The King of Summer: The Running Man (1987)
In the far-flung future of 2017, Ben Richards (Arnold Schwarzenegger) is unjustly imprisoned for the slaughter of peaceful protestors by reactionary, fascist goons in his patrol squad. A dystopian corporate-run society has arisen following an economic collapse and suddenly I don’t feel like this is all that far off from where we are now.
Mounting a prison escape with Laughlin (Yaphet Kotto) and a member of the resistance, Richards goes on the run, but is eventually caught and forced to play the eponymous Running Man game show, hosted by Damon Killian, played by Richard Dawson of Family Feud fame who is essentially satirizing his own public image as an elbow-rubbing glad-hander in front of the camera, and a conniving ratings-obsessed bastard behind the scenes.
The Running Man film goes in a completely different direction than the original Stephen King novel, written under his Richard Bachman pseudonym that allowed him to write sci-fi without the associated “king of horror” baggage. The film has Richards evading themed hunters akin to American Gladiators who’d appear on television years later, in a span of 400 city blocks, according to exposition. The novel plays out more like the “White Bear” episode of Black Mirror, in that Richards goes on the run and is hunted by essentially everyone, though the reasons why are somehow less repulsive in the novel than in the episode; civilians get cash bonuses for tipping off hunters and law enforcement to the whereabouts of any Runners in the game—why that’s less repulsive than the episode of Black Mirror, I’ll leave for you to watch and find out. In the Running Man film, however, civilians only make wagers to distract from their dystopian lives, their most direct involvement being studio audience members choosing which Hunters to loose upon the game area and when.
Those Hunters are some of the strongest parts of the film, too. Toru Tanaka, professional wrestler and bit player in Pee-Wee’s Big Adventure and Alligator II: The Mutation, plays hockey themed Hunter Sub-Zero. Jim Brown, professional football player and legendary character actor from The Dirty Dozen, Ice Station Zebra, Three the Hard Way, plays jetpack and flamethrower-toting Hunter Fireball. And finally, former Minnesota governor, professional wrestler and '80s power pop… single releaser Jesse Ventura rounds out the Hunters as “The Frank Gifford of Running Man” Captain Freedom.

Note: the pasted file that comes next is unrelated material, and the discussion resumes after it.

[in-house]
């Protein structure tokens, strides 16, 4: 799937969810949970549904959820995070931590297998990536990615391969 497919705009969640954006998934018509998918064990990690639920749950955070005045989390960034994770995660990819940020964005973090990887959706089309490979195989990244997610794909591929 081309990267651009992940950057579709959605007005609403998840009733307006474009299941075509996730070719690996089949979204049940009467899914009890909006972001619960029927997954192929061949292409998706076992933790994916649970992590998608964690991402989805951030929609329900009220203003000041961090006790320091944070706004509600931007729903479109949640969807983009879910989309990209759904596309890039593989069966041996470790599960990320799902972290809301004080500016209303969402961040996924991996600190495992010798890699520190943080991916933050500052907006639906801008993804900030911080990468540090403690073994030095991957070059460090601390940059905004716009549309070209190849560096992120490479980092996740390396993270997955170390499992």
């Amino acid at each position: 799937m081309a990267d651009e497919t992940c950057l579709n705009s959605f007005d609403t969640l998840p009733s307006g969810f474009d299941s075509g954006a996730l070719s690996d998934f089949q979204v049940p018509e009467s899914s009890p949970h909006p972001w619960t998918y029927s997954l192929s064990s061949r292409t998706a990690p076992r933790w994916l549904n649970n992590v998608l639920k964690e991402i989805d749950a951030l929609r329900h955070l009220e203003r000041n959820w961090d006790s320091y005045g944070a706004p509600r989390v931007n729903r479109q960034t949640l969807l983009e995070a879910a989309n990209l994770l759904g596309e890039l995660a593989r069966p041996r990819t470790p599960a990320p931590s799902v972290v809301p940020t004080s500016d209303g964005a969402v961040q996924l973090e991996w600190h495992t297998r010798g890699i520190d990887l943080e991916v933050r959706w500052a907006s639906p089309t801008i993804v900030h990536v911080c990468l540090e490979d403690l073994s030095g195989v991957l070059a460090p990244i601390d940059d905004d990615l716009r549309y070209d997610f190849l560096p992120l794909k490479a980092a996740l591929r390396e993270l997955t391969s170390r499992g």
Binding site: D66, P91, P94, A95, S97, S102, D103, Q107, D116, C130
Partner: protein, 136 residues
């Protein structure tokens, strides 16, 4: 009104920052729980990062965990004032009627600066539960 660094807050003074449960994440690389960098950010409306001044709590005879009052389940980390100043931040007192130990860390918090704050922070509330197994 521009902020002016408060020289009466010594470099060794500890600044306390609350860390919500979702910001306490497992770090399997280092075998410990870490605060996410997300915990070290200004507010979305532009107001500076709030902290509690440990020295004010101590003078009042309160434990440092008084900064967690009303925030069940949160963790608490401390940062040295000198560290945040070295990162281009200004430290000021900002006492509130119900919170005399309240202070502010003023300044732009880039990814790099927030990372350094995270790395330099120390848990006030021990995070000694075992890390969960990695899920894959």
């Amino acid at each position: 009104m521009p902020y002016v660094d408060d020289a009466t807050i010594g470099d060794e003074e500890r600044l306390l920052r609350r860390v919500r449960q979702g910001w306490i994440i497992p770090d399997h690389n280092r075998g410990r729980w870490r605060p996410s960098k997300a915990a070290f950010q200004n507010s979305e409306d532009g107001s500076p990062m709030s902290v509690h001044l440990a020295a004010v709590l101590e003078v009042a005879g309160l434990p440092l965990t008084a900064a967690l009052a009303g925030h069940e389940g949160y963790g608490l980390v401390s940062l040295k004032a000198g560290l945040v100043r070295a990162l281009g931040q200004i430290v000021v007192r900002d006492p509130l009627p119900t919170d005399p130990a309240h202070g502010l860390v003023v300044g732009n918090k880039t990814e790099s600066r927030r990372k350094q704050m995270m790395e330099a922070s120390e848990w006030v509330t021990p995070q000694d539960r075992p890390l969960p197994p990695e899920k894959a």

Schwarzenegger tears his way through the game area’s 400 city blocks, losing supporting cast members along the way (bye Yaphet). And he always manages to toss out a Moore-era Bond-level pun when he eliminates a threat. His best line in the whole film, however, is when he has a face-off with Richard Dawson’s Killian.
And a thousand early-2000s soundboards for prank calls were born.
Really, Running Man, the film, bears very little resemblance to the novel, which is more akin to the Canadian thriller Series 7: The Contenders. Richards as a character isn’t even comparable to Schwarzenegger, with King himself later describing his lead character as slight and “pre-tubercular.” Neither descriptor fits Schwarzenegger in the least, and those details can inform just how off-book the film goes.
King’s Richards, in the book, got paid for every hour he stayed alive, with bonuses for kills on police and Hunters. And if he were to make it to 30 days on the run without being killed, he’d win a grand prize of $1 billion dollars in 1982 money. That Richards in the novel breaks the game’s record of 8 days, 5 hours is a testament to just how much more brutal the source story is.
Now, with the police killing on its own, this film would likely not get made as originally written by King. That the novel ends with Richards flying a plane into the network’s office building to take himself and Killian out (35-year-old spoiler alert) only hammers that home in a post-9/11 United States. These details however are more reflective of the desperate level of society in King’s story. Richards is blackballed from his trade in the novel, desperate to provide for an ailing wife and child. A permanent underclass battles for corporations’ scraps, motivating them to rat out Runners in the game.
The 1987 film does demonstrate just how desperate its underclass has gotten, but it’s far more of a background detail by virtue of Richards himself being a disgraced police officer in the story. Schwarzenegger plays the part well, but it’s still ultimately not among his better films. And as a King adaptation, it’s just short of being in-name-only. Still fun, if only for Dawson’s slimy character work as Killian, and Schwarzenegger is clearly having fun with a role similar to work he’d later do in tone to Total Recall.
The Running Man is currently available for rental on Amazon Prime.